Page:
The aim was to get them better and it worked.
This good practice could have become everyday routine for the rest of the prison service. Instead we got an ‘Integrated Drug Treatment System’ which became a huge prison-based methadone maintenance prescribing programme rolled out over three years across the whole estate, with methadone hatches in cell doors and iris-recognition dispensing machines. In the name of saving lives, offenders became trapped on medication in their revolving door prison trips.
Of those who come in without an addiction, about 6% pick one up in prison. Prisons are awash not only with traditional illicit drugs (heroin, cannabis etc.) but increasingly with the prescribed drugs buprenorphine, pregabalin and gabapentin, as well as methadone, via the prison’s NHS treatment supply or other routes. All become currency in the prison’s internal drug trade, alongside new psychoactive substances.
The government’s supply disruption policy is equally inept. It has been characterised by a ‘follow-the-drug’ mentality, focusing exclusively on finding and following the drug, at point of entry, in the post, over the wall, through visits, and staff searches. It has been a total failure.
Rarely, if ever, have the prison service or the Ministry of Justice widened their perspective to look at the whole market for drugs in a given prison area, at clusters of prisons, at the prison estate nationally or between prisons and the community. Such an approach was first mooted in the sensible Justice Inspectorates Thematic report: Changing patterns of substance misuse in adult prisons and service responses, whose recommendations successive governments have ignored. Another of their key recommendations was to end the use of mandatory drug testing results as a measure of prison ‘performance’ or success in how well they were controlling drugs in prisons. Typically, however, in practice there are issues with selection of prisoners, testing integrity (for example prisoners and/or guards swapping samples), and the validity of test results where illicit drug use may be masked by prescribed drug use, particularly when the prisoner is on an opiate substitute. It is a poor measure of drugs control. Despite this, the government remains wedded to the policy.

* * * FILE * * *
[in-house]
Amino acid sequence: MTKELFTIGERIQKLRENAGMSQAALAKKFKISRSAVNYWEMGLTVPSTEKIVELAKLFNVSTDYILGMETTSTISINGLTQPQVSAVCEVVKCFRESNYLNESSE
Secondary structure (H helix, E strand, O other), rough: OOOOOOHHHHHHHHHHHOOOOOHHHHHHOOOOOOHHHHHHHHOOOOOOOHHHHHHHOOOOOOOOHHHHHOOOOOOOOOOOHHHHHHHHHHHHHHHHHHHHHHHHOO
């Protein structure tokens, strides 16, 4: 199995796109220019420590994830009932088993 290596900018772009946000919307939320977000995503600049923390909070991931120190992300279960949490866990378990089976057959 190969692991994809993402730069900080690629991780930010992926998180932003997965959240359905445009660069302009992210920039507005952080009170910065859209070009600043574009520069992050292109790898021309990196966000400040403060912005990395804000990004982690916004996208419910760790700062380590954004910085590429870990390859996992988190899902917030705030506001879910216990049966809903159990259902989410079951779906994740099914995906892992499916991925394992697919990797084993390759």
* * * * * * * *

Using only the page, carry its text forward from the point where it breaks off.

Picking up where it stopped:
The problem as I outlined it 10 years ago has not changed. Recent proposed measures are similar to those outlined in the 2005 strategy. Understanding and dealing with the drug markets in prisons, restricting and reducing drug supply needs to become a cross-government priority and must include the National Crime Agency and the Home Office. This, with the reintroduction of proper detox and treatment programmes which include education and purposeful activity, is the key to safer prisons, to reducing the reoffending rates of those leaving prison and to a safer society for us all.
About me: I entered treatment for addiction to heroin and freebase cocaine in 1986. I was 23 years old and had been using daily for 7 years. I spent 2 years in rehab, then re-started my life without drugs. Today, I describe myself as being in long-term recovery from addiction. I have worked in the substance misuse treatment, criminal justice, and social care sector since 1993, have been a freelance consultant since 2007 – and have lived through radical policy change.”
Article published: This article was published in November as part of my regular Recovery Plus column ‘Addicted, Treated & Living Recovery’.